This article was published in Australian Dictionary of Biography, Volume 17, (MUP), 2007
Albert Francis Xavier Herbert (1901-1984), author and pharmacist, was born on 15 May 1901 at Geraldton, Western Australia, illegitimate son of Victorian-born Amy Victoria Scammell. He was registered at birth as Alfred Jackson, son of John Jackson, auctioneer, with whom his mother had already had two children, but his father was almost certainly Benjamin Francis Herbert, a Welsh-born engine driver. Amy and Ben had three more children before marrying in 1917. Herbert’s novels Capricornia (1938) and Poor Fellow My Country (1975) would later explore the theme of illegitimacy, based on personal experience, in the larger context of Australia’s colonial origins, its historical relationship to Britain and its mistreatment of Aborigines.
Educated at Midland Junction and Fremantle Boys’ State schools and at Christian Brothers College, Fremantle, at 14 Alfred found employment in a chemist’s shop and began studying pharmacy at Perth Technical College. He was registered on 21 May 1923 in the name of Alfred Xavier Herbert (he added the name Francis and later adopted Xavier as his preferred name), and was to work sporadically as a pharmacist throughout his life. He moved to Melbourne, enrolled (1925) at the University of Melbourne to study medicine, and began to consider writing as a career. Once the Australian Journal had accepted some of his short stories for publication he withdrew from the course. Generally written to a formula of colonial romance and adventure, or crime and mystery, for the popular magazine and newspaper market, they were published under a range of pseudonyms, the most common being Herbert Astor.
Leaving for Sydney in 1926, Herbert briefly freelanced as a journalist. That year he was influenced by Leon Gordon’s controversial White Cargo: A Play of the Primitive, a portrayal of sexual relations between white men and black women in West Africa. He realised that urban Australia was largely ignorant of frontier realities, especially the continuing sexual exploitation of Aboriginal women, and decided to write about the subject. Lacking experience to do so immediately, he travelled in 1927 to the Northern Territory, where he worked as a drover, railway fettler, pearl diver and pharmacist. He was a dispenser in the Solomon Islands for a few months.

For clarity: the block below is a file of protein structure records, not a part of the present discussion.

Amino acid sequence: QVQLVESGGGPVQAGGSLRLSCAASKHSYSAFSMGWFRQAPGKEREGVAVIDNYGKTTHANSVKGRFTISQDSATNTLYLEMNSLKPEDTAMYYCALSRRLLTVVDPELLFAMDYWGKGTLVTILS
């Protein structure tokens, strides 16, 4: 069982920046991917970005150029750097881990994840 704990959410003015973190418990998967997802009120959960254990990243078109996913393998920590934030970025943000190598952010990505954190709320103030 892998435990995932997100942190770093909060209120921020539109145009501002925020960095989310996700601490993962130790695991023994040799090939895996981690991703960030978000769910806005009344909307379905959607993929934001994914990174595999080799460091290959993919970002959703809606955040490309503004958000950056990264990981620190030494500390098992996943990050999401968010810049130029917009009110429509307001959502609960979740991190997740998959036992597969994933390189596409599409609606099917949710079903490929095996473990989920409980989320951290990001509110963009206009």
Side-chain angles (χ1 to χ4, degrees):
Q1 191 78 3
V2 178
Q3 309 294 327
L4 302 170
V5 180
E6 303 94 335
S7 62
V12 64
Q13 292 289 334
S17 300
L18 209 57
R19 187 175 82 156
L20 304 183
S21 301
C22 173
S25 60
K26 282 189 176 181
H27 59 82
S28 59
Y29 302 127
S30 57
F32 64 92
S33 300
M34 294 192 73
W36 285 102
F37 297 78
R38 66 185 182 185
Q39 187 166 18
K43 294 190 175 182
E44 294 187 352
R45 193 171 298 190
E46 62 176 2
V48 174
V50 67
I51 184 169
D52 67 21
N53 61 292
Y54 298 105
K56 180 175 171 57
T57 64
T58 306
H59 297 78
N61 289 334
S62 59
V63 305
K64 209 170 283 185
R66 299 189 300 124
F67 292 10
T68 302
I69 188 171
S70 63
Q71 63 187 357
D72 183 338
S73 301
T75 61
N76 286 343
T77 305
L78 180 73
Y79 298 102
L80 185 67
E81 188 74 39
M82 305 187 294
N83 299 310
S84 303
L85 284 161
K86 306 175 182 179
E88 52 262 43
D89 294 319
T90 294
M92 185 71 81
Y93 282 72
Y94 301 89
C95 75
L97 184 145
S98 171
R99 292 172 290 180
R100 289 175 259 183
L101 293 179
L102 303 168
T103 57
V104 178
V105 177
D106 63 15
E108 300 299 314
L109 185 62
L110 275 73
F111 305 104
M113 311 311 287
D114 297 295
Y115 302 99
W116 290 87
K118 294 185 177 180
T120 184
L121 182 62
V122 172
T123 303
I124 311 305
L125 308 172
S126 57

In 1930 Herbert departed for England, hoping to make his literary name and fortune. In this he failed, but found on the voyage his life’s companion, Sarah (`Sadie’) Cohen, née Norden (1899-1979), who was returning to England after a failed marriage. In London she looked after and encouraged Herbert while he wrote Capricornia. Back in Australia in 1932, Herbert took up the struggle to publish the book. He worked first in Sydney as a garage attendant, then at Darwin as a pharmacist, superintendent of the Aboriginal Compound, organiser for the North Australian Workers’ Union, and miner.
Capricornia was finally published in 1938 by the Publicist Publishing Co. and promptly won the Commonwealth sesquicentenary literary competition and the Australian Literary Society’s gold medal for 1939. Herbert, however, was ill-prepared for fame. His creativity stalled and he was unable to complete his next novel, instead enduring twenty years of self-imposed isolation, self-analysis and dormant creativity, during which he abandoned one project after another in a continuing crisis of confidence. Through his publisher William Miles and his editor Percy Stephensen, he became involved with the radical nationalist Australia-First Movement, for which he narrowly avoided internment in World War II. He enlisted in the Australian Imperial Force on 29 May 1942 and served as a sergeant in the North Australian Observer Unit before being discharged in August 1944.